Again, Bush and Cheney are accused of attack tactics, but how are they supposed to respond when asked to comment on the character question? If Bush and Cheney had a record of engaging in similar activities, it's a sure bet Gore and Lieberman would have been far more brutal in their criticism.

Former Wyoming Sen. Alan Simpson is highly respected by both Democratic and Republican senators, and he doesn't pull any punches when he says Gore cannot be trusted and his word is not his bond. Simpson speaks from first-hand knowledge, pointing to instances in which he was directly involved with Gore.

In the Bush-Clinton campaign, and later in the Dole-Clinton campaign, Republicans tried to get Americans to believe "character" should be an issue. It's obvious many voters wore blinders or ear plugs on this issue because they elected Clinton, hardly an example of shining character and moral standards.

So, maybe the public doesn't care, and this is why Gore finds it so easy to lie or fabricate stories and situations. Maybe he saw it was easy for Clinton to lie and get away with it, so why not try it himself. He doesn't seem embarrassed when caught in such an act, and, in fact, usually follows with another exaggeration. As former Sen. Bill Bradley asked during the Democratic primary campaign, "Why should we believe you will tell the truth as president if you don't tell the truth as a candidate?"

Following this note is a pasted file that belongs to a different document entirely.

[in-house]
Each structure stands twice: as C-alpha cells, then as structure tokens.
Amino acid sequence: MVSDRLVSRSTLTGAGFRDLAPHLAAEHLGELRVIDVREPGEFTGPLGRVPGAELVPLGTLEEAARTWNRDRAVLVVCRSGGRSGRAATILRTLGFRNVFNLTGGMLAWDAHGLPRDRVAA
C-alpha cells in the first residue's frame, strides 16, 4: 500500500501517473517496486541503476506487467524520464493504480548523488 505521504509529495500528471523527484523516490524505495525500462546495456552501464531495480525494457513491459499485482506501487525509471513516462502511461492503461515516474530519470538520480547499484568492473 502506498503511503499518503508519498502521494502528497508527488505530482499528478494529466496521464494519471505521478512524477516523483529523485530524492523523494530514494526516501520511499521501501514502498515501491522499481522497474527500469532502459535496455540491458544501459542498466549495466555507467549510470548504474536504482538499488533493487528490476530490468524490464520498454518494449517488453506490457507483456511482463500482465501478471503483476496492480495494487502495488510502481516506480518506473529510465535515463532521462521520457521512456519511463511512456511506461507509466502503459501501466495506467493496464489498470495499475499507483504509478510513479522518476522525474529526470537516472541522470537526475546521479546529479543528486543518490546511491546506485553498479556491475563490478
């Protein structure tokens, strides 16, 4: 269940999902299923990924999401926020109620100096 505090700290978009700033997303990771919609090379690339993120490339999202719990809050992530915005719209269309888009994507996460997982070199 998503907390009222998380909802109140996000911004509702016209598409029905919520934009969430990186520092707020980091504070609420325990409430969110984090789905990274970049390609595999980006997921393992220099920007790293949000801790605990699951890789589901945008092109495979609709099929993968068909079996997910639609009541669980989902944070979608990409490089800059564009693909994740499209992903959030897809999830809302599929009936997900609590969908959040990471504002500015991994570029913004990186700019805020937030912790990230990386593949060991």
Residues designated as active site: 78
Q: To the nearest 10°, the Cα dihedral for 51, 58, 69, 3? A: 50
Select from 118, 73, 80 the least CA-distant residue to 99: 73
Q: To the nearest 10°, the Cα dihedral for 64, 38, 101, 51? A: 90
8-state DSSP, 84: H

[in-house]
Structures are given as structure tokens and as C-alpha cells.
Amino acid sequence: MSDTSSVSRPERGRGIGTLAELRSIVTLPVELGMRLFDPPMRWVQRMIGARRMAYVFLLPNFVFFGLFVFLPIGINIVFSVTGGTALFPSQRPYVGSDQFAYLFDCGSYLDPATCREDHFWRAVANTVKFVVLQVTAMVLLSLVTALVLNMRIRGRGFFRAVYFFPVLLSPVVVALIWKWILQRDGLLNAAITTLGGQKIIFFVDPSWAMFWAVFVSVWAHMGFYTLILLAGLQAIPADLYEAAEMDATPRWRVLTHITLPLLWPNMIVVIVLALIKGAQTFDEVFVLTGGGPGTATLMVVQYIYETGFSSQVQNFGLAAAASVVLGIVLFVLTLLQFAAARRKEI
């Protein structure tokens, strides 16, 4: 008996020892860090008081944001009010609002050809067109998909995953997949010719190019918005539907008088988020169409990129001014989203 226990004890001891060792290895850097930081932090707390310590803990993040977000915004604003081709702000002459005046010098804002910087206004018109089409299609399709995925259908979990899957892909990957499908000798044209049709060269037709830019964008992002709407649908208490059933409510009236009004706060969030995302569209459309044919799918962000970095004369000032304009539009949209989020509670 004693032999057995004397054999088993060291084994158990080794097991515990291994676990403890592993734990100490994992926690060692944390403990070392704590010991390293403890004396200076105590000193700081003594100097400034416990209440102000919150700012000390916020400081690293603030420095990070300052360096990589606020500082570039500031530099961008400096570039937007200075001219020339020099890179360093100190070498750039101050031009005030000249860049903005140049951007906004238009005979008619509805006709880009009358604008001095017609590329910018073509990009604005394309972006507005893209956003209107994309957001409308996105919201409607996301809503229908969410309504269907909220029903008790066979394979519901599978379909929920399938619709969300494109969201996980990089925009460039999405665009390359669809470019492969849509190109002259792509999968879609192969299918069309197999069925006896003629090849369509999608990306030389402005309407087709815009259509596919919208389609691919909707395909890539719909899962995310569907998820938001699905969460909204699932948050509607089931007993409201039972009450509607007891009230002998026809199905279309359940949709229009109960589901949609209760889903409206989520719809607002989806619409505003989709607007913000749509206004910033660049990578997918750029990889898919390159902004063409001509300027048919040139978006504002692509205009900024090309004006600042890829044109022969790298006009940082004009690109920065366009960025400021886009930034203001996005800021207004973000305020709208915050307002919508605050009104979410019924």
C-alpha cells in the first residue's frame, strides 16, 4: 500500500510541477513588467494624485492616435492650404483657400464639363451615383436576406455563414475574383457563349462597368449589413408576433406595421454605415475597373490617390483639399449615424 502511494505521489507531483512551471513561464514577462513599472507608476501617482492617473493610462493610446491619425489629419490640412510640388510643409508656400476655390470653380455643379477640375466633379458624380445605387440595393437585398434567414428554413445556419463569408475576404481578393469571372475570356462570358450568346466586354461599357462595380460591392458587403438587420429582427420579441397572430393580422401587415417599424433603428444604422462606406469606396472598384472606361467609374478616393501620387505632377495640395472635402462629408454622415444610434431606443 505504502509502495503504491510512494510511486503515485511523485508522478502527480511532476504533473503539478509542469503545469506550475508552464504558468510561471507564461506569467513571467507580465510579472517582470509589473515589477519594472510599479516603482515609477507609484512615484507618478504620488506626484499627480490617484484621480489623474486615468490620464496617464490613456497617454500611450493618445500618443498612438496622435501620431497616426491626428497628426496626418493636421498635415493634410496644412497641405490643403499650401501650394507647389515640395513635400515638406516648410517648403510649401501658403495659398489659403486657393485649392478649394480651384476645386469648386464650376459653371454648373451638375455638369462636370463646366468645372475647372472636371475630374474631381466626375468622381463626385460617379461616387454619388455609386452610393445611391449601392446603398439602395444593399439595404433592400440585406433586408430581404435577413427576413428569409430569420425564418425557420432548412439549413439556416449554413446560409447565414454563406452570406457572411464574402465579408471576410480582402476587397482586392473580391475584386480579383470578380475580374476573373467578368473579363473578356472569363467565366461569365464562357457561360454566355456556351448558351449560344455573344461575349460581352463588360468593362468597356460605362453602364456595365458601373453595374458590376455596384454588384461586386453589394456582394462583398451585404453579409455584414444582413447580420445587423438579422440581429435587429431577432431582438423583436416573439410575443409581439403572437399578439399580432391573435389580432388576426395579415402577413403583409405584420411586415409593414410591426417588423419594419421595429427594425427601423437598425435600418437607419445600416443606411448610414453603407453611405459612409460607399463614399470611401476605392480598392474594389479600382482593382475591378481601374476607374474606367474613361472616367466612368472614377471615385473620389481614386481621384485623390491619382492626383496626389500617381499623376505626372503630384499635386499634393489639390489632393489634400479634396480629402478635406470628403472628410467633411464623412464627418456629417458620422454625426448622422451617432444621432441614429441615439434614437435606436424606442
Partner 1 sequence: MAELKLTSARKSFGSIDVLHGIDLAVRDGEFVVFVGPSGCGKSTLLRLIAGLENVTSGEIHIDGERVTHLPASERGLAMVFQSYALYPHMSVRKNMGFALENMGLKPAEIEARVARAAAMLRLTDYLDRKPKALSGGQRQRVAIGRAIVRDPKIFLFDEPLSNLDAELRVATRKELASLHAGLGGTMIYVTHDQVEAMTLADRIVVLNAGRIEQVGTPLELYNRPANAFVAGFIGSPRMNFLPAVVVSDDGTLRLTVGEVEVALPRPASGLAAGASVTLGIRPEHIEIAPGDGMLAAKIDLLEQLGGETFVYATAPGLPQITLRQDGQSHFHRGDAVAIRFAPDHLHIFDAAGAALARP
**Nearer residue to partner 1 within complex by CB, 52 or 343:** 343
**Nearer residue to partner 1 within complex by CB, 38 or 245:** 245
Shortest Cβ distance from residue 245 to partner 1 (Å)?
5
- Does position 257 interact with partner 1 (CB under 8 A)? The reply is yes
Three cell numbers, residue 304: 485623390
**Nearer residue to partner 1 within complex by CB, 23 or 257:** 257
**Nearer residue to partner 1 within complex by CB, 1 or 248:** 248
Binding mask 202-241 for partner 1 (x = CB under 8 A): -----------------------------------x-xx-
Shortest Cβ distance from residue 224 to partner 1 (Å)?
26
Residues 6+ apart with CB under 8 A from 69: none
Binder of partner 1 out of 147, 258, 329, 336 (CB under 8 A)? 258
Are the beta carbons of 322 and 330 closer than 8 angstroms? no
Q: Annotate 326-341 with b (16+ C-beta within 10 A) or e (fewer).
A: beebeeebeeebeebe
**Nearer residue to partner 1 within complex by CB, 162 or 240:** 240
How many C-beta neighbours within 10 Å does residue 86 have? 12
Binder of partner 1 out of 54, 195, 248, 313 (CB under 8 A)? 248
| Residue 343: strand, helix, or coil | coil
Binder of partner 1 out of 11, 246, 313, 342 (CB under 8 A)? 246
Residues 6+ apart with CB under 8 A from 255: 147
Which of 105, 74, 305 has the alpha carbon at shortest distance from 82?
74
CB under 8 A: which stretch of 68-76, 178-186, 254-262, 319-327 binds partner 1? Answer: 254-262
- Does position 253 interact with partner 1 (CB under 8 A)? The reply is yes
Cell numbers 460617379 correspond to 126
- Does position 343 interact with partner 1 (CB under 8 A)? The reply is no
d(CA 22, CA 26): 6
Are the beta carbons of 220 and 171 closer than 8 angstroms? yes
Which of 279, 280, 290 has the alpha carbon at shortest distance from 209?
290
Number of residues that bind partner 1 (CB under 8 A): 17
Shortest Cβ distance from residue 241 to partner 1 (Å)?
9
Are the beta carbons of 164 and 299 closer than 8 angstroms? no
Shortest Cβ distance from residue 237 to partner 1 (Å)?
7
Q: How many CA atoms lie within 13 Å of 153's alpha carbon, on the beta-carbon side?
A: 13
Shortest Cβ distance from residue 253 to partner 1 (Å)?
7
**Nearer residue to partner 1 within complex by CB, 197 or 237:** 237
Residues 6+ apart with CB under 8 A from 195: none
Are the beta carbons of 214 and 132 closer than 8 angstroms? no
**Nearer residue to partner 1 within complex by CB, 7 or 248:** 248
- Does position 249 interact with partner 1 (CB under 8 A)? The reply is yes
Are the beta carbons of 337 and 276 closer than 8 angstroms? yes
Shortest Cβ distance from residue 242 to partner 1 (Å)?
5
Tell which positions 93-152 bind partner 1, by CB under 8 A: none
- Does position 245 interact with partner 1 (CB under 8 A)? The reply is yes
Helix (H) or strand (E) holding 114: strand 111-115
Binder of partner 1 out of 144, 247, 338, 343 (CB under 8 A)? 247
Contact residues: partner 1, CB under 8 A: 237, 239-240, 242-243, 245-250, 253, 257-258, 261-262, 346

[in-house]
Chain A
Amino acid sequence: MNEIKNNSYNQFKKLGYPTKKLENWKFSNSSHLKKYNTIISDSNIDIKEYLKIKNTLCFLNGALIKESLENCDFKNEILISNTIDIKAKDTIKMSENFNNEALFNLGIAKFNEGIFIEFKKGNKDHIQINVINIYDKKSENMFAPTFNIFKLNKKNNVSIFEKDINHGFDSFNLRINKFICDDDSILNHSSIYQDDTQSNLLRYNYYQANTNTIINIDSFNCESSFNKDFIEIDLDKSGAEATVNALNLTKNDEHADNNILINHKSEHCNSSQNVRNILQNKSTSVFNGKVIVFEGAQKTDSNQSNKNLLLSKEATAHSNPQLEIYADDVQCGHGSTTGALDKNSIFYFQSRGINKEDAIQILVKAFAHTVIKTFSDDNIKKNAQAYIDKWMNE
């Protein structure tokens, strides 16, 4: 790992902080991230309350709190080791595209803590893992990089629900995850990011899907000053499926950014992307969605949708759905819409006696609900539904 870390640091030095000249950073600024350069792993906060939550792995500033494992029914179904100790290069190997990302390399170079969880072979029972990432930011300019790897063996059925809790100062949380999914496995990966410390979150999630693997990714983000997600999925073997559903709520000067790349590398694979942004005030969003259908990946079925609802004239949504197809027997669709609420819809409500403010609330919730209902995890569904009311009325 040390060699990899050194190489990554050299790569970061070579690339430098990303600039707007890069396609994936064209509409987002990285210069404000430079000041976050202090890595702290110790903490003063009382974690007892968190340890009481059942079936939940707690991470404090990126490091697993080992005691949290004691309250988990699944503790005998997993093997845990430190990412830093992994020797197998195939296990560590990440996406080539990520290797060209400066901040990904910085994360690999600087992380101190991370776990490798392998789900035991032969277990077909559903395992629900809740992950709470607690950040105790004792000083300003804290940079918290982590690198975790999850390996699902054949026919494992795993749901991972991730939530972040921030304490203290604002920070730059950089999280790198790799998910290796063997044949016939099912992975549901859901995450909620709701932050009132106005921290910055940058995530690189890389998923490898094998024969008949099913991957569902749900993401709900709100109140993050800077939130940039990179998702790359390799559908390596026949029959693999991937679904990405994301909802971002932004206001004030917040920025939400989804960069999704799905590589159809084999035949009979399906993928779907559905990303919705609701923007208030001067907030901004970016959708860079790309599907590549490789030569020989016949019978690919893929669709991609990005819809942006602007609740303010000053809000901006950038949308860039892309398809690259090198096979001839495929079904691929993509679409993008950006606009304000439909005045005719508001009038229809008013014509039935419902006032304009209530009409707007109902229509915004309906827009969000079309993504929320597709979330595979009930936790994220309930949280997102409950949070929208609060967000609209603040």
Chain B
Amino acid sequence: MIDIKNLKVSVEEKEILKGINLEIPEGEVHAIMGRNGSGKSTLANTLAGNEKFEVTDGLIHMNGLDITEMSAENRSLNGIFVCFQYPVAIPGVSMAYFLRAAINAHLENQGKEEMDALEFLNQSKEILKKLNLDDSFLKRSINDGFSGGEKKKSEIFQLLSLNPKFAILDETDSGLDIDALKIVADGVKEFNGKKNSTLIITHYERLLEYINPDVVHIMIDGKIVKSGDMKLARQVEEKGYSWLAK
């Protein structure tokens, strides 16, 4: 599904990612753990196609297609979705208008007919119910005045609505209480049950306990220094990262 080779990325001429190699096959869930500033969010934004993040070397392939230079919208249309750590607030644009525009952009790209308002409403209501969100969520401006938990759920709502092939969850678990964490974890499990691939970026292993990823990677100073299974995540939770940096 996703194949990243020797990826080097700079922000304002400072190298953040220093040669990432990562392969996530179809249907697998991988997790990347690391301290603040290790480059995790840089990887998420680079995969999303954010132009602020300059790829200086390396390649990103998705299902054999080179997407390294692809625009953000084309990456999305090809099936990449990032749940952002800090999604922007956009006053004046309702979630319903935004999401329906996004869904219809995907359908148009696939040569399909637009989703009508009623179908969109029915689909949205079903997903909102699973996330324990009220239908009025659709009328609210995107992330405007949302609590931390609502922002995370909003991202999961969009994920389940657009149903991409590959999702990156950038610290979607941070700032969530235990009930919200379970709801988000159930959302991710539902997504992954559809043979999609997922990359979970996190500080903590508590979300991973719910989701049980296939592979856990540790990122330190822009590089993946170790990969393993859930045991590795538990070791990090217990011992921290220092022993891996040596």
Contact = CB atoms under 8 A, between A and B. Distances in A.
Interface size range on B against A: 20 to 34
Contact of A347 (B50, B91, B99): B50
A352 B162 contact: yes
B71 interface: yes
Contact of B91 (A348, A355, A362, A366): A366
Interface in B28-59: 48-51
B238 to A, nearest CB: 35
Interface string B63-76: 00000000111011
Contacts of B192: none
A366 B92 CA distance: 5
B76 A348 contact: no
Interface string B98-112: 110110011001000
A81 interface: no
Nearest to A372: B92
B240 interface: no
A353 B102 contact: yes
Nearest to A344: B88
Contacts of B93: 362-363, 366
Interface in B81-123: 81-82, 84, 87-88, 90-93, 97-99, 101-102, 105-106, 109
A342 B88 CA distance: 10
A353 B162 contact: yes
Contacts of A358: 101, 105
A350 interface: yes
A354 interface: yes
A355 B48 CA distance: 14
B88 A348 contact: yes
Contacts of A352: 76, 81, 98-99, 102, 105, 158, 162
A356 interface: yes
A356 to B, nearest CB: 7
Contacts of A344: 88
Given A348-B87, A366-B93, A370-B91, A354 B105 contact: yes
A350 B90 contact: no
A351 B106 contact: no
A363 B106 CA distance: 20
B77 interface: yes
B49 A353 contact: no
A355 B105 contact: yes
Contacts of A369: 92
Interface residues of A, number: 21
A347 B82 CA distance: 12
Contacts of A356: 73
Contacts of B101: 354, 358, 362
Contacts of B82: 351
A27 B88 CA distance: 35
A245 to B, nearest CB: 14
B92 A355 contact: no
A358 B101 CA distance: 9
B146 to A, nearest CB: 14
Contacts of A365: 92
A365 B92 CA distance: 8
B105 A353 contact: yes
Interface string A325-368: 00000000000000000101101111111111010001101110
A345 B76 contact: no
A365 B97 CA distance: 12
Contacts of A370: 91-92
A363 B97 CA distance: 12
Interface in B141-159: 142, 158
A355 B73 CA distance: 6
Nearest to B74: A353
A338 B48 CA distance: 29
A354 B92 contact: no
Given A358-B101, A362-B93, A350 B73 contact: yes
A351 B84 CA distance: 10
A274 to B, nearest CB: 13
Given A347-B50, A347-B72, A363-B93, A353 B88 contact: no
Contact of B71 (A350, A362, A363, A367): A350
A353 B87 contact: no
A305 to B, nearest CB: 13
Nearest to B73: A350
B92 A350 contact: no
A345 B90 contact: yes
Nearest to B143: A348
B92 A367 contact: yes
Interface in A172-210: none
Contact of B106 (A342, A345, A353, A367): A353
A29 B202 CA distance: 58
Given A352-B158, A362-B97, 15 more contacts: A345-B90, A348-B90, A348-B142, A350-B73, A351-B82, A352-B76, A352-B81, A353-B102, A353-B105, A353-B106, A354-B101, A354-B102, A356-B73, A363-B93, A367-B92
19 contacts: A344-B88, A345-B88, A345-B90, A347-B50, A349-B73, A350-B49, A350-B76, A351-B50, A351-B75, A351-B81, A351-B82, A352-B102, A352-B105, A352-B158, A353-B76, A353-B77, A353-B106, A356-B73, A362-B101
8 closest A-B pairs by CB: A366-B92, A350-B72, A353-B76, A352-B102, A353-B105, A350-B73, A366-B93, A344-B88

If Bush or Cheney had such a record is there any question that Gore, in particular, would be hammering away at any weakness or flaw in their character or actions?

Some years ago, in the early days of Clinton's campaign against George Bush, two top-level campaign strategists for Clinton were quoted in the Wall Street Journal saying fear was the most effective tool in a presidential campaign and that they planned to use it as a tactic whenever possible. Gore is following the same strategy, trying to plant fear in the minds of voters about benefits being denied or taken away from various groups within the U.S. if Bush is elected.